Xerox Corp., the world’s largest maker of high-speed color printers, said it received preliminary court approval to settle an eight-year-old investor lawsuit for $670 million.
Xerox will take a $491 million first-quarter charge to cover the settlement and other cases, the Norwalk, Connecticut-based company said today in a statement. Xerox will pay the settlement into a fund in five installments this year and co-defendant KPMG LLP, Xerox’s former auditor, will pay an additional $80 million.
The case, filed in 2000 and handled in U.S. District Court in New Haven, Connecticut, claimed that Xerox misled investors about its financial health. The dispute concerns common stock and bonds bought from Feb. 17, 1998, to June 27, 2002. Within that period, the stock closed as high as $63.69 in May 1999 and as low as $4.43 in December 2000 on a split-adjusted basis.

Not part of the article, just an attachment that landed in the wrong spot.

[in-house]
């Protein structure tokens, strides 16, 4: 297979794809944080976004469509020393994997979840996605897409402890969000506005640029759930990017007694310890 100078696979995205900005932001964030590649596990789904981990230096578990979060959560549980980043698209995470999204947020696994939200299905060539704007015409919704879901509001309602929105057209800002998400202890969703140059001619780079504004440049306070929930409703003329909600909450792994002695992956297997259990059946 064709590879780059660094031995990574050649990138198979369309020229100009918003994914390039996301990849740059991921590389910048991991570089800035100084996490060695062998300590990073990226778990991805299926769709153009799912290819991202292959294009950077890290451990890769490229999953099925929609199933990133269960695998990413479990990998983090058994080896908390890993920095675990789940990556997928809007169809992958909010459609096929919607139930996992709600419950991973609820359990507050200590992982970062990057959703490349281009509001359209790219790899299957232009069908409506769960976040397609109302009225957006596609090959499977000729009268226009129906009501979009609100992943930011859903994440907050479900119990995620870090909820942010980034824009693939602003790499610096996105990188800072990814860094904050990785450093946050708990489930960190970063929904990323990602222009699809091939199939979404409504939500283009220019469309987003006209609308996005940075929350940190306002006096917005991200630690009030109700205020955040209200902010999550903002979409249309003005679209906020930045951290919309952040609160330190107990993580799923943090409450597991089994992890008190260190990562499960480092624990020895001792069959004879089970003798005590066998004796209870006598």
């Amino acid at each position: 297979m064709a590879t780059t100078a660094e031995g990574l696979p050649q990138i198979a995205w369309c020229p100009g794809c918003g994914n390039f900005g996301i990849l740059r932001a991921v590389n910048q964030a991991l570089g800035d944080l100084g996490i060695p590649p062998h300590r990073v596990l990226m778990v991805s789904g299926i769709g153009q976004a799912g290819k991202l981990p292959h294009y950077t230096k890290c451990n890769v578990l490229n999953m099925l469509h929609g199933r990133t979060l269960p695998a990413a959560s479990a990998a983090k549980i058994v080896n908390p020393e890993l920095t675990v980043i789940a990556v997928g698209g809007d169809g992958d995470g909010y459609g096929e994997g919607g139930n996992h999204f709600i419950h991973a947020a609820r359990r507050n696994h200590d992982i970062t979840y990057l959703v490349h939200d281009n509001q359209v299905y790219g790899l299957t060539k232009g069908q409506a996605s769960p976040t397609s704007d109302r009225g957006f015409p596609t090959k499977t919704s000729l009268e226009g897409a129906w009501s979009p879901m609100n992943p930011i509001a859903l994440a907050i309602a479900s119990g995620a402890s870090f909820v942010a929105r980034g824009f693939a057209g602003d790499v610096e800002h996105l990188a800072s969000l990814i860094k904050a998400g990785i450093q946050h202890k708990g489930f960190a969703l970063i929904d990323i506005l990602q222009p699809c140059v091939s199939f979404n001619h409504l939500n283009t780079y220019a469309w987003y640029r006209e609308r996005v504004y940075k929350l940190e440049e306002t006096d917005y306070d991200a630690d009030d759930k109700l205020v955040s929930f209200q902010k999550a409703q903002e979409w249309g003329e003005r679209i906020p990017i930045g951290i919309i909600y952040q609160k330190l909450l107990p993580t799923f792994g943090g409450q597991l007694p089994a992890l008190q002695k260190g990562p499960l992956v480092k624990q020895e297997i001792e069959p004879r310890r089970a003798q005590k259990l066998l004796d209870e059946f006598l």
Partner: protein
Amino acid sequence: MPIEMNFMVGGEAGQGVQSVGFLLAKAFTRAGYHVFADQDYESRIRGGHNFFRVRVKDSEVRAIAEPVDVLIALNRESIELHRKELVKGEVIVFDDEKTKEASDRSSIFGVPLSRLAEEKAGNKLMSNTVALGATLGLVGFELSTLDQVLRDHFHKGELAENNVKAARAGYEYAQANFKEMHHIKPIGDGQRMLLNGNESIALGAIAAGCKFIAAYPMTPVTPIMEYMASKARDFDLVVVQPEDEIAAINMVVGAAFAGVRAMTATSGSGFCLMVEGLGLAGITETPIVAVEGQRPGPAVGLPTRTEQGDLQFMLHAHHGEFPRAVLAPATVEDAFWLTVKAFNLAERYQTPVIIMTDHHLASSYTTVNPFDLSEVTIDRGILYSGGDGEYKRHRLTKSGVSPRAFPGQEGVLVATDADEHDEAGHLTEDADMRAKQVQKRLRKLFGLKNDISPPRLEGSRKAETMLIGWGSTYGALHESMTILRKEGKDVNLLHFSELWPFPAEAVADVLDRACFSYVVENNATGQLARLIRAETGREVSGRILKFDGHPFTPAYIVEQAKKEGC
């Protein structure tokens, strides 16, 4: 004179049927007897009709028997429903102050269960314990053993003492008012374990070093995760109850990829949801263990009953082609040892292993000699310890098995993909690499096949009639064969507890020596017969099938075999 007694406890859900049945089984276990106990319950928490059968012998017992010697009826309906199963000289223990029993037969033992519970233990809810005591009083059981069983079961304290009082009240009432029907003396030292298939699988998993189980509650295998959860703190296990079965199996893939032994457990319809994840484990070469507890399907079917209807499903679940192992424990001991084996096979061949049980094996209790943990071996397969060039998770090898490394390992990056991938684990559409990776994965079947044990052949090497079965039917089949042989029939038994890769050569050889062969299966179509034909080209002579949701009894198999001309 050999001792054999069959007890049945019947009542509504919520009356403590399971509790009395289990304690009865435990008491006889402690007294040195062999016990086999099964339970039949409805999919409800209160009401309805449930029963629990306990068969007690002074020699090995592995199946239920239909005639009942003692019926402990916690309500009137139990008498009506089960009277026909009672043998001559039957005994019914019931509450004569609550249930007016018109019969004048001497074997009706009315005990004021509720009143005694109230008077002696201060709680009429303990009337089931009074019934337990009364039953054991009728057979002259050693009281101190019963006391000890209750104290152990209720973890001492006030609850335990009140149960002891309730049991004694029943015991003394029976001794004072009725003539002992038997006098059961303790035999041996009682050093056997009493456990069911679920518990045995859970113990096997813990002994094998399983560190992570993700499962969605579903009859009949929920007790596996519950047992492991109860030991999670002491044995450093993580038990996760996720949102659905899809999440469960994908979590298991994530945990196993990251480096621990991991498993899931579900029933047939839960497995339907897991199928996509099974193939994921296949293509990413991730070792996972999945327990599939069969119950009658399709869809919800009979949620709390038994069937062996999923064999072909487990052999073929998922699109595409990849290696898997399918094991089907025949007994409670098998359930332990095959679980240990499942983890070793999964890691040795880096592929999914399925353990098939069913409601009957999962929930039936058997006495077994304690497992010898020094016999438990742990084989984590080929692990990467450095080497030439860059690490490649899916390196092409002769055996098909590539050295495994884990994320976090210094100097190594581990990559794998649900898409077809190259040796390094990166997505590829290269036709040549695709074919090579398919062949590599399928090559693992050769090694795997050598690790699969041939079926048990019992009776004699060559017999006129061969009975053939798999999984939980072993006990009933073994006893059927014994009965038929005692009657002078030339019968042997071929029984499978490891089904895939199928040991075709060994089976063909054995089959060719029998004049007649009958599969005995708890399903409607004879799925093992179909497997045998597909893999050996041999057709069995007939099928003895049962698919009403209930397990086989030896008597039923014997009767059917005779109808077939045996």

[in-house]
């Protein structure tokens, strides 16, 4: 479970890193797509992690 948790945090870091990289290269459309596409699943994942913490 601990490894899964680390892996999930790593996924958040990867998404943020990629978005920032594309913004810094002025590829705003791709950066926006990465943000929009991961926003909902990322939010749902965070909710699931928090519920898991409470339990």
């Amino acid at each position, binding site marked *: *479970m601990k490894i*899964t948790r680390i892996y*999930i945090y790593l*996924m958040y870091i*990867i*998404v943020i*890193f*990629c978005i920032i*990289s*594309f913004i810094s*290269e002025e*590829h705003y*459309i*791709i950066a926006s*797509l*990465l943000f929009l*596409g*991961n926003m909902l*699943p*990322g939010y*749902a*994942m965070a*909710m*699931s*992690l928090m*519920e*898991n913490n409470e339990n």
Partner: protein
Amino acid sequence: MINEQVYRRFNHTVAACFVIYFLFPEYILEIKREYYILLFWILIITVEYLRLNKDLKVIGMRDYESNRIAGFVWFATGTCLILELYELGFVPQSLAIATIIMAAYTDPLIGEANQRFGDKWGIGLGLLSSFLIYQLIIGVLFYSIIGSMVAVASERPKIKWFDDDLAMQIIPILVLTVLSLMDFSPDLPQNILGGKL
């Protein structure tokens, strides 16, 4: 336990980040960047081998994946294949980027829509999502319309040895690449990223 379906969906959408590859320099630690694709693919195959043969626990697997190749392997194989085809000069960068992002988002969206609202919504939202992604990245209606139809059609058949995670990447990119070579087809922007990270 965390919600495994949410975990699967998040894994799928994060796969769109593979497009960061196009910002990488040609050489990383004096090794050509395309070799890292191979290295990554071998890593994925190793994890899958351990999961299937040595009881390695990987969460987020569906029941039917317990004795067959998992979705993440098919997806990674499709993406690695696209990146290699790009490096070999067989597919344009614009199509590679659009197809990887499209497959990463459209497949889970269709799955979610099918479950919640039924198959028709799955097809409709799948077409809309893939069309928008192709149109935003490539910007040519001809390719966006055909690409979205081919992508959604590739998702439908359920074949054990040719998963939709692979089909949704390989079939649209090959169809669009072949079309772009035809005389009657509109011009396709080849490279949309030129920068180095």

“The settlement amounts are in line with expectations and easily absorbed by Xerox’s cash flow,” Shannon Cross, an analyst with Cross Research in Livingston, New Jersey, wrote in a note today. She has a “buy” rating on Xerox.
The U.S. Securities and Exchange Commission levied a $10 million fine against Xerox in 2002, saying executives led a four- year scheme to inflate revenue to meet analysts’ growth estimates. The company restated results for 1997 to 2000 as a result of the probe.
“This was a long and difficult case and there were numerous attempts to settle, so we’re very pleased with this significant amount,” said Glen DeValerio, an attorney with Berman DeValerio in Boston, who represented the investors.
Xerox admitted no wrongdoing as part of the settlement and plans to continue its dividend payments, which it reinstated for the first time in six years in November, and its stock buyback program. The company has repurchased 22 million shares this year and has authorization to buy $1 billion more.
Xerox rose 13 cents to $14.97 at 4 p.m. in New York Stock Exchange composite trading. The stock lost 7.5 percent this year.
Standard & Poor’s placed Xerox’s BBB- rating under credit watch with positive implications, saying the settlement removes a “material financial uncertainty.” Fitch’s maintained its BBB rating and stable outlook.